Like the best hustlers, Juve knew a winning formula. He used a similar inquisitive flow on “We on Fire” from the Hot Boys’ platinum sophomore album, Guerilla Warfare. There may be something almost pavlovian at work here. When Juvenile raps/asks, “What kinda n***a know who killed his partner? What kinda n***a be playing it real with choppers?,” you’re already anticipating the hook: “The Hot Boys, the Hot Boys, them n***as is the Hot Boys.” The hook’s catchy repetition is another callback to bounce music. The world may not have known about bounce music, but Juvenile, Mannie Fresh, and the Hot Boys made certain you’d always be able to hear it in the singular Cash Money sound.
(“Ha,” “Back That Azz Up,” “400 Degreez,” “Gone Ride With Me”)
While earlier Juvenile and Hot Boys songs had elements of bounce music, he brought unadulterated bounce music to the world with “Back That Azz Up” from his multi-platinum third album, 400 Degreez. It opens with Mannie Fresh’s layered, filtered, and reverbed string arrangement, a clarion call for people to rush to the dance floor before the bounce beat drops. An ode to beautiful women shaking beautiful posteriors, “Back That Azz Up” also showed Juvenile rapping with impeccable rhythm. He’s so in sync with Fresh’s beat that the two become inextricable.
“Back That Azz Up” stands in stark contrast to “Ha,” 400 Degreez’s unorthodox first single. Rapping in second-person, Juvenile created one of the most unique and recognizable flows in rap history, punctuating every declarative with the title: “You won’t bust one of them n***as’ head, ha / You ain’t scared, ha, you know how to play it, ha.” Talking to Complex, Juve said, “‘Ha’ was the most riskiest single because it was a song that you had to listen to more than one time to catch on to… After they listen to it a few times, they start saying, ‘Hold up, this shit relates to me. This is some shit I’m going through. This happened to me.’… There’s a line in there for everybody. And if it’s not, you can take that line and make your own line. I just think I pushed the envelope far with that record.”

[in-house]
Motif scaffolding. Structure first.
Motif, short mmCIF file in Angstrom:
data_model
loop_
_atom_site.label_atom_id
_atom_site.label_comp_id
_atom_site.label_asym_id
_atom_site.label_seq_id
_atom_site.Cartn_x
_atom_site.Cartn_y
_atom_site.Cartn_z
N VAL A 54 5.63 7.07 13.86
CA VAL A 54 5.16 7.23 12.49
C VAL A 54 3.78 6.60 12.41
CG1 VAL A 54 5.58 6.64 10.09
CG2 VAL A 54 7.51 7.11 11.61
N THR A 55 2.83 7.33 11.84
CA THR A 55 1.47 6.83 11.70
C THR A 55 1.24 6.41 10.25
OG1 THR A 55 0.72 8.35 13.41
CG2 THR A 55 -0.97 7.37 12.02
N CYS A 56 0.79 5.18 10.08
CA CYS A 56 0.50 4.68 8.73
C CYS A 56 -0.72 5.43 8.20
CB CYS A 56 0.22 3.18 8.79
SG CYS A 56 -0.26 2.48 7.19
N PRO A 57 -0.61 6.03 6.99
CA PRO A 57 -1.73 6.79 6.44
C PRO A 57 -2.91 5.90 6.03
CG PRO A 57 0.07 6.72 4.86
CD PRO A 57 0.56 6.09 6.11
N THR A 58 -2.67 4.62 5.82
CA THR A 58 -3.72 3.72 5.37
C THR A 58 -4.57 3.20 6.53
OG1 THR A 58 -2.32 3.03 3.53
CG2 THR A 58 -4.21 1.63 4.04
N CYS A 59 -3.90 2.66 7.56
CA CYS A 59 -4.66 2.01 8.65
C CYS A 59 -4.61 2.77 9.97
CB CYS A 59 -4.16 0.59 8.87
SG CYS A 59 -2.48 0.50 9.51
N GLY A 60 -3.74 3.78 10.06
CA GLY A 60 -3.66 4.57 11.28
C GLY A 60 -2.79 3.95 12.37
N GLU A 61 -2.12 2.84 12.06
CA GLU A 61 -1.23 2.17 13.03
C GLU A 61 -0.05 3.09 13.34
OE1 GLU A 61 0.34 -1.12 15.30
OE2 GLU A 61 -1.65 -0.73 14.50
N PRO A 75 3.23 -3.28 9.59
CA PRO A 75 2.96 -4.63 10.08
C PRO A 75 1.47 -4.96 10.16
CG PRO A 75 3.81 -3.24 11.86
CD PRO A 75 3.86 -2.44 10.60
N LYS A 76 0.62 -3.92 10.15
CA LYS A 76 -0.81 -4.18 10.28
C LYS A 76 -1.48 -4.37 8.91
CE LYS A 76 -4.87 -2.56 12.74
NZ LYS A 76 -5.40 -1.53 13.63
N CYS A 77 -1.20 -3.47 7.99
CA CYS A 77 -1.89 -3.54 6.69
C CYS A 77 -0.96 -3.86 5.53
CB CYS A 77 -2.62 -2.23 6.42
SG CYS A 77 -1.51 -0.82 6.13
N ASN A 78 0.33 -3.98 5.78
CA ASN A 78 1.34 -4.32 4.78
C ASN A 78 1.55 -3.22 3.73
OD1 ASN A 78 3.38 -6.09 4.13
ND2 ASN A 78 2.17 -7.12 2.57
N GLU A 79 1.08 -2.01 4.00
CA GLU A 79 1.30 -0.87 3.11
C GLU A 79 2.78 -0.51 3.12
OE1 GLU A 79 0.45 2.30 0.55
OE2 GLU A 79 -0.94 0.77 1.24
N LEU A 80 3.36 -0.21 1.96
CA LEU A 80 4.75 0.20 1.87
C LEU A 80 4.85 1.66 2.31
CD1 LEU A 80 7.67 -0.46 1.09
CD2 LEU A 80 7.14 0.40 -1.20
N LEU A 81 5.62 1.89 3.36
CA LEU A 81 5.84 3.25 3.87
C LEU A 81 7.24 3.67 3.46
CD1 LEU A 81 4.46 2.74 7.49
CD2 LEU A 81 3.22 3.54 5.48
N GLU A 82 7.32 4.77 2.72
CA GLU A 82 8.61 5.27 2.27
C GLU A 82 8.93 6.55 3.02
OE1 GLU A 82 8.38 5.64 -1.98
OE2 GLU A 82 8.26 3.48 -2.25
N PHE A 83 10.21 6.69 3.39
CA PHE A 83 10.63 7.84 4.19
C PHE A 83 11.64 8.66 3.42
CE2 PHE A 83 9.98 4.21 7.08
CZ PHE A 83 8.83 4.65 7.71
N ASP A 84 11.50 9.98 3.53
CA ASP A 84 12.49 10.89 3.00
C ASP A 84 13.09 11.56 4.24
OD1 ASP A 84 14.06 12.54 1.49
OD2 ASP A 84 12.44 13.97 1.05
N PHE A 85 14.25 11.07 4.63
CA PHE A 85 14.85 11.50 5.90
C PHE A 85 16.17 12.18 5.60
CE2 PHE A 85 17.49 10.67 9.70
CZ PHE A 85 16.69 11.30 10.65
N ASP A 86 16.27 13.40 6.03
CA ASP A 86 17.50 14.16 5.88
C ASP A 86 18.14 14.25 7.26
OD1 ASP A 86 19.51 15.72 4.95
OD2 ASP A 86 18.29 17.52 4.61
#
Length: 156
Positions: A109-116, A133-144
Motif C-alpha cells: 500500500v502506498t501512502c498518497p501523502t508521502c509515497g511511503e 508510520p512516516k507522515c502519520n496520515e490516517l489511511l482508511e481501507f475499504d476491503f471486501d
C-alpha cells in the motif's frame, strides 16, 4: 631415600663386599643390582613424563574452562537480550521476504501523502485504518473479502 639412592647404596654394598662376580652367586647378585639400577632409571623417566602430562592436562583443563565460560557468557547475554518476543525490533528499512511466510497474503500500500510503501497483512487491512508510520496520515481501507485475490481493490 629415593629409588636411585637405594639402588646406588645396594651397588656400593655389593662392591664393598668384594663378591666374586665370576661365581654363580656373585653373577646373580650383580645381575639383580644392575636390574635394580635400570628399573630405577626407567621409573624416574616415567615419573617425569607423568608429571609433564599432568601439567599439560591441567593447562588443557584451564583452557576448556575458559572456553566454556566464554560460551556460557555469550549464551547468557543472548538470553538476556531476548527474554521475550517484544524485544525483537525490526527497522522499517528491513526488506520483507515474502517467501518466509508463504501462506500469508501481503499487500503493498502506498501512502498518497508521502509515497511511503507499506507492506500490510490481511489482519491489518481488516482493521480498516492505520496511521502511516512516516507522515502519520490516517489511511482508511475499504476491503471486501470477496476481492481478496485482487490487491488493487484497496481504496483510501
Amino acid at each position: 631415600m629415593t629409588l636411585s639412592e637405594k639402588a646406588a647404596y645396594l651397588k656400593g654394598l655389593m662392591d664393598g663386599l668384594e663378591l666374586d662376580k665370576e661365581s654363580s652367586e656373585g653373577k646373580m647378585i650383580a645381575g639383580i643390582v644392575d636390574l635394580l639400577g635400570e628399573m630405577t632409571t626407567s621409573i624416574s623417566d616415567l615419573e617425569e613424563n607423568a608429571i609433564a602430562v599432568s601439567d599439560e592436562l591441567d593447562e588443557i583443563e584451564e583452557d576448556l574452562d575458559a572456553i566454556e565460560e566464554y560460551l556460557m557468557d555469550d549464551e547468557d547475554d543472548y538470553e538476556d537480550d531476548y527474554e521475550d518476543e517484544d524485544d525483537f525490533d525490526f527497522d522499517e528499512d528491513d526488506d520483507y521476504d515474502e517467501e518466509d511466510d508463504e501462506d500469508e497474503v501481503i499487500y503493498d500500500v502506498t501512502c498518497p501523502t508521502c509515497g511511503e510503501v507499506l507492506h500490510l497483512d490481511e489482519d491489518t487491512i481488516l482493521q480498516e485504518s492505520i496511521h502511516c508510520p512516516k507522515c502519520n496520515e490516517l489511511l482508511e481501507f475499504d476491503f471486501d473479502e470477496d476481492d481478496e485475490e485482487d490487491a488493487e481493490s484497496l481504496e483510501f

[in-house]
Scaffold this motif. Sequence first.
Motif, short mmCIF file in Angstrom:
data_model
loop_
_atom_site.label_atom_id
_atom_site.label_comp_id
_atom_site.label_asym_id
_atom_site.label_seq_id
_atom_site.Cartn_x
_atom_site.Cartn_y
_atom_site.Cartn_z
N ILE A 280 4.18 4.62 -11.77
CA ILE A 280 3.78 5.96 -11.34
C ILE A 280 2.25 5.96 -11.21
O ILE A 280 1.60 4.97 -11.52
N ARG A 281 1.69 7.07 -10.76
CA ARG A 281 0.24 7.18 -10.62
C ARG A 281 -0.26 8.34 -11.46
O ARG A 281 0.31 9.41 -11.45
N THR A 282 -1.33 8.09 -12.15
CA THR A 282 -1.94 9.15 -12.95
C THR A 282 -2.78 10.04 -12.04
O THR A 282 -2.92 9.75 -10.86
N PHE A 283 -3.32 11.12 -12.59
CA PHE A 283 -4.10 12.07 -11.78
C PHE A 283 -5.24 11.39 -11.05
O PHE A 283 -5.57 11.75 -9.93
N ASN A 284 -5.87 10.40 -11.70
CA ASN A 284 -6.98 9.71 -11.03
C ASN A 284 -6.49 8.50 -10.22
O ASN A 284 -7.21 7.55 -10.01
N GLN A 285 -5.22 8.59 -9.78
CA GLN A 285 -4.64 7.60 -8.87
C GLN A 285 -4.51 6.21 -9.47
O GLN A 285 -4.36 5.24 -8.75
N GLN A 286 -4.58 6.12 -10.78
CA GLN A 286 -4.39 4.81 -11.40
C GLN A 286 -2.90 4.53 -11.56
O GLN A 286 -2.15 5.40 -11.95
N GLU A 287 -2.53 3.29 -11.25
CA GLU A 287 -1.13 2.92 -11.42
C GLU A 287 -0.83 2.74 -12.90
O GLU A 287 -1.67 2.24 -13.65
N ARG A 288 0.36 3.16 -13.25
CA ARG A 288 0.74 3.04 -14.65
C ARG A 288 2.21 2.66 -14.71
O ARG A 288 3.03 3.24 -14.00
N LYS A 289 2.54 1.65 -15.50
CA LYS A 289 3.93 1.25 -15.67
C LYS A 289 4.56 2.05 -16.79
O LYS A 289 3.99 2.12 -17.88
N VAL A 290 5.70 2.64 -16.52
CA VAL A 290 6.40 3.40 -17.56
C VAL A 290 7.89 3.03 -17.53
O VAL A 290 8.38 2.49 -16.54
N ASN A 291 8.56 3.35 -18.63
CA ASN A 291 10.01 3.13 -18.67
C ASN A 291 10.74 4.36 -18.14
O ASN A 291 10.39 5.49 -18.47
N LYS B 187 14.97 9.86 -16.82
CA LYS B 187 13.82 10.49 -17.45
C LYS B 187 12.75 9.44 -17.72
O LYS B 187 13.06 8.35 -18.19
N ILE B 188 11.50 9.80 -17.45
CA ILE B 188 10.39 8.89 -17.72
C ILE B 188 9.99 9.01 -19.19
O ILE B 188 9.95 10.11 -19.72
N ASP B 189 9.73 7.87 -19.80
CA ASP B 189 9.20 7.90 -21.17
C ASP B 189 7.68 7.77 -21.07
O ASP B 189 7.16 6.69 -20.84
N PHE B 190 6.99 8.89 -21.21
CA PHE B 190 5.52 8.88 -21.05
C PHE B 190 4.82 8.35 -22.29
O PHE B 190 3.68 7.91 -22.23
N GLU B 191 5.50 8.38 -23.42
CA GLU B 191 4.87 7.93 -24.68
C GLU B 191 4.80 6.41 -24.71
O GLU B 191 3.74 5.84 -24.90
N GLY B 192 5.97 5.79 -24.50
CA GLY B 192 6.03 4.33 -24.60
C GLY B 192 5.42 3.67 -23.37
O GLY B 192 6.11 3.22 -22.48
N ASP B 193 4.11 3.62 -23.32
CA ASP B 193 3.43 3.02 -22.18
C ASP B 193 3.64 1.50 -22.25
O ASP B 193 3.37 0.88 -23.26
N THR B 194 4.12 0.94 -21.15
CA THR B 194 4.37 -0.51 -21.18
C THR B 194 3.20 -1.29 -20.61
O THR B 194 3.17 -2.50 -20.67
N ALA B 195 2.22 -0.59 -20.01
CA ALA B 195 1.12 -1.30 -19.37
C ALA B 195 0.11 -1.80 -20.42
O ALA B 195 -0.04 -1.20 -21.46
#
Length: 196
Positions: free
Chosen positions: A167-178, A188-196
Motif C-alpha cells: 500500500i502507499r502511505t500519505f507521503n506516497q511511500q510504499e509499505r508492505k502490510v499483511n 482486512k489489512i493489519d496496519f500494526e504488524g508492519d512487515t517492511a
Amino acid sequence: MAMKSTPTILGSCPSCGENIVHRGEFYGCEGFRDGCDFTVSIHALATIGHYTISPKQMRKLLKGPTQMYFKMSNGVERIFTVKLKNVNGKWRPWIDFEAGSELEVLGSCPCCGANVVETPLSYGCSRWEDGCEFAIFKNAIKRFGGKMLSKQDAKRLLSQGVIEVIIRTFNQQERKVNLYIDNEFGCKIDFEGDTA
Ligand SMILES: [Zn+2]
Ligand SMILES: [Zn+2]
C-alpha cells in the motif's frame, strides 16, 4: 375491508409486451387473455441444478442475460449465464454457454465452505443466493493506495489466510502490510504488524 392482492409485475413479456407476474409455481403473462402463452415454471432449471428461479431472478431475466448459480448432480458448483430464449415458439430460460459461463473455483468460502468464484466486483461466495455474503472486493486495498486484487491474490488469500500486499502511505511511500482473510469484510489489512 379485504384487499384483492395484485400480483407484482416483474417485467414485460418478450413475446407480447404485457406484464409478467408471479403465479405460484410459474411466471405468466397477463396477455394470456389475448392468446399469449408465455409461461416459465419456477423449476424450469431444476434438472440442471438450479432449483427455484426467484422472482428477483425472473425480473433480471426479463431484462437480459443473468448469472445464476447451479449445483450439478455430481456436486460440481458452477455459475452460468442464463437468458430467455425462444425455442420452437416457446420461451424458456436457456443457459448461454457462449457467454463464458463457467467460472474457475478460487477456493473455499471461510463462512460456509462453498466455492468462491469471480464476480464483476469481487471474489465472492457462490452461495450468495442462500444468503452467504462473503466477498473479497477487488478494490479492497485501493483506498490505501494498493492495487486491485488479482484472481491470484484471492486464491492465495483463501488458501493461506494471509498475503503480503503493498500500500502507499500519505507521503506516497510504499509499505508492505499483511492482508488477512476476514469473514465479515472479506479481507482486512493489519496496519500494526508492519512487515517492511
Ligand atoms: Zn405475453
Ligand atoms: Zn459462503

The rest of 400 Degreez pushed the envelope, too. “400 Degreez” is a glowering flex set to another funky and knocking Mannie Fresh Beat. And on “Gonna Ride With Me,” Juve delivers intricate New Orleans street narratives between a menacing sing-song hook devoted to carrying a strap. Even his most rugged songs had pop appeal.
Cash Money is an Army
(“Project B***h,” “N***az In Trouble,” “#1 Stunna,” “Bling Bling”)
Cash Money Records succeeded because of their prolific and united front. They released several albums a year and ensured that each label artist made an appearance. Both because of his talents and commercial success, Juvenile was all but guaranteed on every Cash Money album. Invariably, he brought some of his best verses and hooks to posse cuts and other people’s songs. He delivered the irrepressible hook on dirty “Project B***h,” an ode to women from the hood from the Baller Blockin’ movie soundtrack, and traded memorable lines and cadences with Lil Wayne on “#1 Stunna.” He was also the most-featured artist on B.G.’s Chopper City in the Ghetto, guesting on B.G. classics like “N***az in Trouble” and “Bling Bling,” which is responsible for adding that piece of slang for iced-out jewelry into the American lexicon. Though Juvenile only has a short verse on “Bling Bling,” he references New Orleans’s second-line processions, making sure the world knew more about the culture of his hometown.